UNITED NATIONS, N.Y. (Nov. 4)
Two separate United Nations declarations, one outlawing religious intolerance and the other making racial discrimination a violation of UN goals, are expected to be adopted here tomorrow as a result of a week’s debate in a General Assembly committee where Soviet anti-Semitism has been highlighted by leading Western representatives, including the United States, Britain and Australia.
The Assembly’s Social, Humanitarian and Cultural Committee, which originally scheduled three sessions to the subject of drafting measures forbidding racial manifestations and religious prejudice, has already held seven meetings on the subject. This weekend, the committee adopted one resolution on the subject, “inviting” all governments to continue to make sustained efforts “to educate public opinion with a view to the eradication of racial prejudices and national and religious intolerance, and the elimination of all undesirable influences promoting these prejudices.” The resolution also calls on all states to rescind any discriminatory laws still on their books and “to take legislative or other appropriate measures to combat prejudice and intolerance. “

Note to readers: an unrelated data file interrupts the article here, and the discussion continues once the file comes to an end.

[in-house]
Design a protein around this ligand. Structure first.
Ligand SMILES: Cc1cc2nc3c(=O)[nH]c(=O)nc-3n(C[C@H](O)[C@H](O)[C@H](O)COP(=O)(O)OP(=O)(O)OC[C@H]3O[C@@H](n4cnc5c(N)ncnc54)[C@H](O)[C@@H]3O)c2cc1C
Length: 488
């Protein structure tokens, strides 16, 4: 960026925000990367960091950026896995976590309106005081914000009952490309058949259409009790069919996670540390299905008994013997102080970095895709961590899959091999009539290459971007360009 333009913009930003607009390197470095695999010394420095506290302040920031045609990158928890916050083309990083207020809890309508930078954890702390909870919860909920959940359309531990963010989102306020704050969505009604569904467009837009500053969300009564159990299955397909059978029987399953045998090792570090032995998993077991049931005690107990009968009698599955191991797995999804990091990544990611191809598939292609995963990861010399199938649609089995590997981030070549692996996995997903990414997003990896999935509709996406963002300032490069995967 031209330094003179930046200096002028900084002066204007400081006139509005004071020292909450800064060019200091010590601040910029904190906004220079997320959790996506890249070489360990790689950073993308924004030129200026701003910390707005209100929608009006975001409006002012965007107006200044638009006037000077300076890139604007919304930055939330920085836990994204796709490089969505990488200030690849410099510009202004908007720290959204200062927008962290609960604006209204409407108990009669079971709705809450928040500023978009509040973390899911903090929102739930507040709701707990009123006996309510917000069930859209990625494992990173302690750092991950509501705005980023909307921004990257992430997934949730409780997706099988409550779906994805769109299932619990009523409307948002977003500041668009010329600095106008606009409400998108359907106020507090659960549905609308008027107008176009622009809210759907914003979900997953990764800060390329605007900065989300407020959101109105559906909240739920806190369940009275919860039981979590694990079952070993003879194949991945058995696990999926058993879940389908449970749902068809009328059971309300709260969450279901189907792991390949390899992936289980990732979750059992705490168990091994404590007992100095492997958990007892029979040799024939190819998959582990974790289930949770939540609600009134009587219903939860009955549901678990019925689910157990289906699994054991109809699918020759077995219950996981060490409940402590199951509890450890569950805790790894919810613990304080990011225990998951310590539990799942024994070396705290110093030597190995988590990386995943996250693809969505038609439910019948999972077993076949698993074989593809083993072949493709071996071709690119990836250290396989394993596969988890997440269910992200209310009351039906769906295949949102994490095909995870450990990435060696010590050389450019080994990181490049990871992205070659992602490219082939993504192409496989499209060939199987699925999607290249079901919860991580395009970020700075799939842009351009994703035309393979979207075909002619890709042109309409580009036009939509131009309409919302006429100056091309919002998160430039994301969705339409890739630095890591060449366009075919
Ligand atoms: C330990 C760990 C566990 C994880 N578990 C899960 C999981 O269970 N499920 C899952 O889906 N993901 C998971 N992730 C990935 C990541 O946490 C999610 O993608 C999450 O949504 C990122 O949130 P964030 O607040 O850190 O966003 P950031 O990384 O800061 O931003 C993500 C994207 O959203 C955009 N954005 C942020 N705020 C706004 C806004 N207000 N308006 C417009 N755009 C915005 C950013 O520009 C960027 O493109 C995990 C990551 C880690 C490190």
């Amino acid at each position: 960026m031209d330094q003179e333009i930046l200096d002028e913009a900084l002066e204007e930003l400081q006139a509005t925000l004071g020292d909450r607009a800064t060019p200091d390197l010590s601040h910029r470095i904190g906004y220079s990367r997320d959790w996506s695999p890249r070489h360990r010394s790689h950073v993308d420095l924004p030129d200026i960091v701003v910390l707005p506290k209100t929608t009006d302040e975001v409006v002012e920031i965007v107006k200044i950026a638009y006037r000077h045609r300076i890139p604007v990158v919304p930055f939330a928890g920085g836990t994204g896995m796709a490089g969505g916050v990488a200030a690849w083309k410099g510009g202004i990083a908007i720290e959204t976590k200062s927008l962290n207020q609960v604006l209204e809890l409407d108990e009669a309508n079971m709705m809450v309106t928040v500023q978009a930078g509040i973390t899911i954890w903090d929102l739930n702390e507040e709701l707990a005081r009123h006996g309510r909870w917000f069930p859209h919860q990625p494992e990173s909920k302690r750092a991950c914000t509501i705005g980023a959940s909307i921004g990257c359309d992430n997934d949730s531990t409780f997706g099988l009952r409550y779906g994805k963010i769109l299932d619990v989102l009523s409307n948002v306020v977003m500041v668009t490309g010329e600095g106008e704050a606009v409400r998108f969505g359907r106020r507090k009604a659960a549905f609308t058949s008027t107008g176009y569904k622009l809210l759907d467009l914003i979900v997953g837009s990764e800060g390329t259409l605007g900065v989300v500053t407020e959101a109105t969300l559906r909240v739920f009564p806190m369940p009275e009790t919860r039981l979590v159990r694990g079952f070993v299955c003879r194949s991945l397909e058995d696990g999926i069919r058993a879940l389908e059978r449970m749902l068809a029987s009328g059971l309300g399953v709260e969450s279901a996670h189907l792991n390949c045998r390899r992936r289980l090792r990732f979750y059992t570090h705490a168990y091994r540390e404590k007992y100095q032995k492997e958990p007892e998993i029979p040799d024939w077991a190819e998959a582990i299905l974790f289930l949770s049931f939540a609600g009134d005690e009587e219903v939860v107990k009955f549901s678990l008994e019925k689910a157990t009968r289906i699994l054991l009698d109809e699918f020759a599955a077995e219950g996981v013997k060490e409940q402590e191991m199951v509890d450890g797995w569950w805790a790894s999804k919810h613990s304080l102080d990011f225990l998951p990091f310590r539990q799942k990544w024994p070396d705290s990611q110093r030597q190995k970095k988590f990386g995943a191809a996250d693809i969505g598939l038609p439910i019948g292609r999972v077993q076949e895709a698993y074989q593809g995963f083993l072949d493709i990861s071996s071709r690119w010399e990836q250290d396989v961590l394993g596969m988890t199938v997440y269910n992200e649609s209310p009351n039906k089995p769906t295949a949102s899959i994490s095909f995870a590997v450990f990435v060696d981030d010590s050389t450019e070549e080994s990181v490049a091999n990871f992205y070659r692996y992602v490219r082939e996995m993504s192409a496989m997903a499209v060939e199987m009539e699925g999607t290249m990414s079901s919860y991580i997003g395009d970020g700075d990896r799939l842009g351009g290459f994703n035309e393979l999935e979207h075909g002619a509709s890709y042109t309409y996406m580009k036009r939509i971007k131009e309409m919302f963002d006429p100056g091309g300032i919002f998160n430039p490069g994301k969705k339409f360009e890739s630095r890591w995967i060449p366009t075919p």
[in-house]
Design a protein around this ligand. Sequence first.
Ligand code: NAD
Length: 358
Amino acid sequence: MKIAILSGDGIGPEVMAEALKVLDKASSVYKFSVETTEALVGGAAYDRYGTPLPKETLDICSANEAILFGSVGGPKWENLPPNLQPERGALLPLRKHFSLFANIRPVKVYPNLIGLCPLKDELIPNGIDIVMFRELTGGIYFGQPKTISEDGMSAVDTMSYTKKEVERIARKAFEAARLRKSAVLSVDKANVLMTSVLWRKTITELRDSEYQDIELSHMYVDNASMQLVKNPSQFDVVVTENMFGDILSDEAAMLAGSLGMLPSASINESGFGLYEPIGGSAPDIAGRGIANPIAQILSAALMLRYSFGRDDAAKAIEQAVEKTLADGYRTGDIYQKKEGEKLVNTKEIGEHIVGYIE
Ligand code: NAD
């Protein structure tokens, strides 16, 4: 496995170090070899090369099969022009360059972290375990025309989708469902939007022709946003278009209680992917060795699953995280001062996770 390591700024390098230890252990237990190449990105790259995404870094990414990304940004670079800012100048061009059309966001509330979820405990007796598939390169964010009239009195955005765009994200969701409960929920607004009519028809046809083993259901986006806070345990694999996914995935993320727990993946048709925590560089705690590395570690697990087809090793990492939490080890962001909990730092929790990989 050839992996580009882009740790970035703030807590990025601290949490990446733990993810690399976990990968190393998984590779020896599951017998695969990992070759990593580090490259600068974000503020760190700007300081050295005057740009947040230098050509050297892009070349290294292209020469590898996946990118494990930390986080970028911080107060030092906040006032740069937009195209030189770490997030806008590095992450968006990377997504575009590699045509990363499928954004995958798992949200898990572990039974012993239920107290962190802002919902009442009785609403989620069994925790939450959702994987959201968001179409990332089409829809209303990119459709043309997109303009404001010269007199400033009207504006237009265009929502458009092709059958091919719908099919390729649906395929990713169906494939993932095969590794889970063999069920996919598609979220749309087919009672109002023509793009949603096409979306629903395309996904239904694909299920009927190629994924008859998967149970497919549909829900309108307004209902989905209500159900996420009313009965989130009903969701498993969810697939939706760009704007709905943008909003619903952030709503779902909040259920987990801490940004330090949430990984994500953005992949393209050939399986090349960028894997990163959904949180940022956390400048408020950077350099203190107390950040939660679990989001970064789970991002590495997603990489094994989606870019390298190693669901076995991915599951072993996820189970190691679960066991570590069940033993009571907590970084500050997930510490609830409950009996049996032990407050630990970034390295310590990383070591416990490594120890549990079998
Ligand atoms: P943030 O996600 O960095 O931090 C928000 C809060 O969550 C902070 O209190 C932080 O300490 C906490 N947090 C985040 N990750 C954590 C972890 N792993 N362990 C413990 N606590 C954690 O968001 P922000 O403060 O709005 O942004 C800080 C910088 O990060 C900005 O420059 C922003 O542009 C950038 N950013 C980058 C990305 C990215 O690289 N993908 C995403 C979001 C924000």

Arab representatives in the committee argued sharply against bracketing racial discriminations with religious Conference. The committee finally decided that a resolution to be voted tomorrow would separate the two issues, calling for the preparation of a UN declaration dealing with religious discrimination and for a separate draft convention urging the elimination of racial discrimination. The resolution, thus separating the two issues, is expected to receive the unanimous consent of the entire committee tomorrow.